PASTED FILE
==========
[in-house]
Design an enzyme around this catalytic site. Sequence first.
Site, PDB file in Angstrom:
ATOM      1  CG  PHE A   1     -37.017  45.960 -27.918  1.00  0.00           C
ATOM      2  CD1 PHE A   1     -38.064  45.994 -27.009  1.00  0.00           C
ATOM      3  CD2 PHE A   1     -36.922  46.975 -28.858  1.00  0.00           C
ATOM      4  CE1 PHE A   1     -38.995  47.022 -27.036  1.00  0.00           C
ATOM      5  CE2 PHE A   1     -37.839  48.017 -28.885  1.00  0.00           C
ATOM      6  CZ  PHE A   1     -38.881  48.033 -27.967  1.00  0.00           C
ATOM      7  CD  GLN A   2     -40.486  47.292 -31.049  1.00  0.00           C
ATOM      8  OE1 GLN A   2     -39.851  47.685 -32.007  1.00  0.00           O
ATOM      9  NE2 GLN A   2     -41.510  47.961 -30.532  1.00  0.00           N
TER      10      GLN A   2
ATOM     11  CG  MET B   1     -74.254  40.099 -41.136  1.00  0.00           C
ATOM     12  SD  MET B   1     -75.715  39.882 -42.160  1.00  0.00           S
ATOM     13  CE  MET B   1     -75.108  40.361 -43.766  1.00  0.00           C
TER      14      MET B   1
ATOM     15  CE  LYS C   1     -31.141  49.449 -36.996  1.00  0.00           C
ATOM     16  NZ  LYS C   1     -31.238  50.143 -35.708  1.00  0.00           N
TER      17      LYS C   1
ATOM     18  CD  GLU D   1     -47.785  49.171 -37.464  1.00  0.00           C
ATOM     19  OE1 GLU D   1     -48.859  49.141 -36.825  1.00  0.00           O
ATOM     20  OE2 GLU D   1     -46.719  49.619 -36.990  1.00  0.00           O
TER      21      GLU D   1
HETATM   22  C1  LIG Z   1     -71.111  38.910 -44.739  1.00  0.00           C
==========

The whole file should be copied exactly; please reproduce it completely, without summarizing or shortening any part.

[in-house]
Design an enzyme around this catalytic site. Sequence first.
Site, PDB file in Angstrom:
ATOM      1  CG  PHE A   1     -37.017  45.960 -27.918  1.00  0.00           C
ATOM      2  CD1 PHE A   1     -38.064  45.994 -27.009  1.00  0.00           C
ATOM      3  CD2 PHE A   1     -36.922  46.975 -28.858  1.00  0.00           C
ATOM      4  CE1 PHE A   1     -38.995  47.022 -27.036  1.00  0.00           C
ATOM      5  CE2 PHE A   1     -37.839  48.017 -28.885  1.00  0.00           C
ATOM      6  CZ  PHE A   1     -38.881  48.033 -27.967  1.00  0.00           C
ATOM      7  CD  GLN A   2     -40.486  47.292 -31.049  1.00  0.00           C
ATOM      8  OE1 GLN A   2     -39.851  47.685 -32.007  1.00  0.00           O
ATOM      9  NE2 GLN A   2     -41.510  47.961 -30.532  1.00  0.00           N
TER      10      GLN A   2
ATOM     11  CG  MET B   1     -74.254  40.099 -41.136  1.00  0.00           C
ATOM     12  SD  MET B   1     -75.715  39.882 -42.160  1.00  0.00           S
ATOM     13  CE  MET B   1     -75.108  40.361 -43.766  1.00  0.00           C
TER      14      MET B   1
ATOM     15  CE  LYS C   1     -31.141  49.449 -36.996  1.00  0.00           C
ATOM     16  NZ  LYS C   1     -31.238  50.143 -35.708  1.00  0.00           N
TER      17      LYS C   1
ATOM     18  CD  GLU D   1     -47.785  49.171 -37.464  1.00  0.00           C
ATOM     19  OE1 GLU D   1     -48.859  49.141 -36.825  1.00  0.00           O
ATOM     20  OE2 GLU D   1     -46.719  49.619 -36.990  1.00  0.00           O
TER      21      GLU D   1
HETATM   22  C1  LIG Z   1     -71.111  38.910 -44.739  1.00  0.00           C